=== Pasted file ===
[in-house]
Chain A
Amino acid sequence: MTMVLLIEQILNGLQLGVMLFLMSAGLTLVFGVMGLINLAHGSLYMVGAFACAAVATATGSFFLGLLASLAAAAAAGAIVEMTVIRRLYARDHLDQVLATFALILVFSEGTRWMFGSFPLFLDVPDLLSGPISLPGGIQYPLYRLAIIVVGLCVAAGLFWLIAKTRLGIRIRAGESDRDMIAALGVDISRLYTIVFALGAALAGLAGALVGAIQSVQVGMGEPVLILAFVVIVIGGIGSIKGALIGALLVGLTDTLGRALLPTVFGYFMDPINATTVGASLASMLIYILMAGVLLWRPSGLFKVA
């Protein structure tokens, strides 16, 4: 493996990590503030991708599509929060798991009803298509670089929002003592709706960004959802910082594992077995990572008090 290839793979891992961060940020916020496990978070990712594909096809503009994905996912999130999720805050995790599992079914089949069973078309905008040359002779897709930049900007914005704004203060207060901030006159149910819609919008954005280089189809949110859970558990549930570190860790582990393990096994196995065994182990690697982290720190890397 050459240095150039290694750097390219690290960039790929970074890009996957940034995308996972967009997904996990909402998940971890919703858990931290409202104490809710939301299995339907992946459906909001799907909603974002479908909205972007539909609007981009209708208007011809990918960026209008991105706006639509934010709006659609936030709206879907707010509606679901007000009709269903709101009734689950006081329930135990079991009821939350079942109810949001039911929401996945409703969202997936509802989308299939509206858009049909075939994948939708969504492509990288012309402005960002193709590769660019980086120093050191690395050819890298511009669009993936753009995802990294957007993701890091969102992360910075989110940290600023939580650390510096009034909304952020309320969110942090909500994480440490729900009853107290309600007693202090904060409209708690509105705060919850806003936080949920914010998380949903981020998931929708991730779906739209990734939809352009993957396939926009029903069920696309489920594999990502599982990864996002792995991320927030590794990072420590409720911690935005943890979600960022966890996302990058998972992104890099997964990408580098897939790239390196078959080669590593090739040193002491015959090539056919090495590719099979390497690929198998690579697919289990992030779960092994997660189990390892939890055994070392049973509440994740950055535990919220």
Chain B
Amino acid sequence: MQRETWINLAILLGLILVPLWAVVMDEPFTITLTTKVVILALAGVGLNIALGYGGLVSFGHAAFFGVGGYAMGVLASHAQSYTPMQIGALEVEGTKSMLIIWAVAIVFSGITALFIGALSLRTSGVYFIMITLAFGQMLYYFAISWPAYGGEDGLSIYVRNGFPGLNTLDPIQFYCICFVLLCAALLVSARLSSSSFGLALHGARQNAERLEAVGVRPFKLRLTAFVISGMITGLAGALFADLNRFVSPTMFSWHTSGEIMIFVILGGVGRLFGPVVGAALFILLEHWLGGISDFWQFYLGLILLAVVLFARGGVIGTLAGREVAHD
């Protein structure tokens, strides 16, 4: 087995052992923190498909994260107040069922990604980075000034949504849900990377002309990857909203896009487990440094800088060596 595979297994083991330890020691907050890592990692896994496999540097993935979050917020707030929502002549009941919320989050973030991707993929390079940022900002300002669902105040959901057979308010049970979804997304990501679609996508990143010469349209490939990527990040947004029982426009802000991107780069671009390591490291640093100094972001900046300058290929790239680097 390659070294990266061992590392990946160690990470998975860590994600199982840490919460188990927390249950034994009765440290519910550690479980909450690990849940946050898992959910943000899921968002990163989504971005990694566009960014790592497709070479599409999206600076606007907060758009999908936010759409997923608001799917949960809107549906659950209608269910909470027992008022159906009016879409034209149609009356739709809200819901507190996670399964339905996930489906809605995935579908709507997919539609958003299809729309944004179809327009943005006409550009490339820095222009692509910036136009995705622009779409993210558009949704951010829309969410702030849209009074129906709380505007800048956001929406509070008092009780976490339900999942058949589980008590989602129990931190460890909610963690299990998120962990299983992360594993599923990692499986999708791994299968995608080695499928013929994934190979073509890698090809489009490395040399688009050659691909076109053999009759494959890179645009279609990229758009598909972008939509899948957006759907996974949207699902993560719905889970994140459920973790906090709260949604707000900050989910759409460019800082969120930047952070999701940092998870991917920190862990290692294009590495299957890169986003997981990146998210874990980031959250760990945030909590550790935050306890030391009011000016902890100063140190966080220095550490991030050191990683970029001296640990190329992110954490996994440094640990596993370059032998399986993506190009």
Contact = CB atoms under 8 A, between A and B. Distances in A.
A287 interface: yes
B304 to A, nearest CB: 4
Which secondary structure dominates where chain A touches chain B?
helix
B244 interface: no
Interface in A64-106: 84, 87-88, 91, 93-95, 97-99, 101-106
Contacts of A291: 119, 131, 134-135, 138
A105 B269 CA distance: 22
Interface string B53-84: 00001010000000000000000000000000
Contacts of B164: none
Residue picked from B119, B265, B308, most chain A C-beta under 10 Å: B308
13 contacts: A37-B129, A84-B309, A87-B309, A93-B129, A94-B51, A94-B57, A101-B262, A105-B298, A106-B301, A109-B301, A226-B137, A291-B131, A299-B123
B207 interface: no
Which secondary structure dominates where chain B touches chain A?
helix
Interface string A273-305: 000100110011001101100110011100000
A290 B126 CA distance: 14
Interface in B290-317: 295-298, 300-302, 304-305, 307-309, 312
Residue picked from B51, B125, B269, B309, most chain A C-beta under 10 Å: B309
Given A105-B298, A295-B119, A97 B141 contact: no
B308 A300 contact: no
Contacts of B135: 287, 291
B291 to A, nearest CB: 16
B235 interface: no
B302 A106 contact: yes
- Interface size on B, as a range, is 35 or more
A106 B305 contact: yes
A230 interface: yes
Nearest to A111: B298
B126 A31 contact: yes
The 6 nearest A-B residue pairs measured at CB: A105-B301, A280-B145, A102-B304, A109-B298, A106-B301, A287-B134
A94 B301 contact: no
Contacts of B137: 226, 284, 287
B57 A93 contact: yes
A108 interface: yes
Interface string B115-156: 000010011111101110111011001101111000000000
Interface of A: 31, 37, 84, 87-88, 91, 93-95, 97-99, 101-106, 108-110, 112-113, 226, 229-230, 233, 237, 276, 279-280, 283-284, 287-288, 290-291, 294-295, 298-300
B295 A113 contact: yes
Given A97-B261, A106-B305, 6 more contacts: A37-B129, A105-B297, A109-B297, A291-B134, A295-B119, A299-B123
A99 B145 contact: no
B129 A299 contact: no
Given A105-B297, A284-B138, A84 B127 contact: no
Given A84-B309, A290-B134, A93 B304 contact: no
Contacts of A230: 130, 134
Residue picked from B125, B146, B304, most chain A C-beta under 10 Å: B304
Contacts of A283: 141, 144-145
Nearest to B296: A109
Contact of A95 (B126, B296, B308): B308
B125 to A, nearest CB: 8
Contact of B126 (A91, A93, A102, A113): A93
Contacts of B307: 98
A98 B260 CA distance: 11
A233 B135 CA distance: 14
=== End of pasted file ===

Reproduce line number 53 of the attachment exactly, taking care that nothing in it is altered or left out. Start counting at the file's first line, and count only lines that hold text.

Residue picked from B125, B146, B304, most chain A C-beta under 10 Å: B304